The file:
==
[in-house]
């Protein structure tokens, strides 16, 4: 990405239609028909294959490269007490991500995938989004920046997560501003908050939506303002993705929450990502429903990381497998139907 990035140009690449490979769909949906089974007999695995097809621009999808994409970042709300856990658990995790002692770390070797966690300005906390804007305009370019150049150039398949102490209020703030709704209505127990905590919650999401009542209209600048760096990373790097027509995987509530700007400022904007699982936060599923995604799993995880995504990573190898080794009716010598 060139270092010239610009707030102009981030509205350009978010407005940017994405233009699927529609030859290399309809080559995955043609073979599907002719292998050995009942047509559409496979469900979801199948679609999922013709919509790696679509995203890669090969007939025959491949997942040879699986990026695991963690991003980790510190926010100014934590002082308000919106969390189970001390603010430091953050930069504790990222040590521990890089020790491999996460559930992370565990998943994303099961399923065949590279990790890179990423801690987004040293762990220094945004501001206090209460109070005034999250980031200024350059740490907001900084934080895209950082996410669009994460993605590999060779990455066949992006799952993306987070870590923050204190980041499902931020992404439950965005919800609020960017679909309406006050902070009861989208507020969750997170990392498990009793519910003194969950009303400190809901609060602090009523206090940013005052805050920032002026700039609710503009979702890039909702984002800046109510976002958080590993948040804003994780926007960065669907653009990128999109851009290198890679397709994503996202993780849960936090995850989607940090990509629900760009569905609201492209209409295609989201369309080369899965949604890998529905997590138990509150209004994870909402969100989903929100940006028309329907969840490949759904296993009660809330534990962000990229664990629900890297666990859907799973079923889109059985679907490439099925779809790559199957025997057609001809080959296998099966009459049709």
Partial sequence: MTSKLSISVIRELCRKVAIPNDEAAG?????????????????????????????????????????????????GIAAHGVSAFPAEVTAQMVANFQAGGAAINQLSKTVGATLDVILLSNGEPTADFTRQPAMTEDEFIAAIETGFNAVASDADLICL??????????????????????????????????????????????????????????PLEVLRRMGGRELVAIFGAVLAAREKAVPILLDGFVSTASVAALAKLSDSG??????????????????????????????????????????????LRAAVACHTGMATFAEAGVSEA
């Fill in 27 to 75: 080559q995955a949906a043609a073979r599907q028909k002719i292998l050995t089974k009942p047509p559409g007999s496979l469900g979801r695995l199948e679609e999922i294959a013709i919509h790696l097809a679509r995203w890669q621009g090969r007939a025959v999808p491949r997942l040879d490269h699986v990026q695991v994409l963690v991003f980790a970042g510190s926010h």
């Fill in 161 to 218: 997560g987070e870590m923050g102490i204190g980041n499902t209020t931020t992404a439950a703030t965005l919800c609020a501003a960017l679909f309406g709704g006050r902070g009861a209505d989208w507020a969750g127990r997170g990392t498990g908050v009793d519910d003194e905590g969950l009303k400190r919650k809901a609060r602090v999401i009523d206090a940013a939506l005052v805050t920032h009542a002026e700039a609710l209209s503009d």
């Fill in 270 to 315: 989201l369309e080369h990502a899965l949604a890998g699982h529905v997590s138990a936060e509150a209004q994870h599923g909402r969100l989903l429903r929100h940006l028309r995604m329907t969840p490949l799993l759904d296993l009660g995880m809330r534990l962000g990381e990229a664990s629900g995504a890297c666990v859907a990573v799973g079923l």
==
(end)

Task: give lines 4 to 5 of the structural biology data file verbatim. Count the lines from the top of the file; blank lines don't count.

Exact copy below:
């Fill in 27 to 75: 080559q995955a949906a043609a073979r599907q028909k002719i292998l050995t089974k009942p047509p559409g007999s496979l469900g979801r695995l199948e679609e999922i294959a013709i919509h790696l097809a679509r995203w890669q621009g090969r007939a025959v999808p491949r997942l040879d490269h699986v990026q695991v994409l963690v991003f980790a970042g510190s926010h």
């Fill in 161 to 218: 997560g987070e870590m923050g102490i204190g980041n499902t209020t931020t992404a439950a703030t965005l919800c609020a501003a960017l679909f309406g709704g006050r902070g009861a209505d989208w507020a969750g127990r997170g990392t498990g908050v009793d519910d003194e905590g969950l009303k400190r919650k809901a609060r602090v999401i009523d206090a940013a939506l005052v805050t920032h009542a002026e700039a609710l209209s503009d």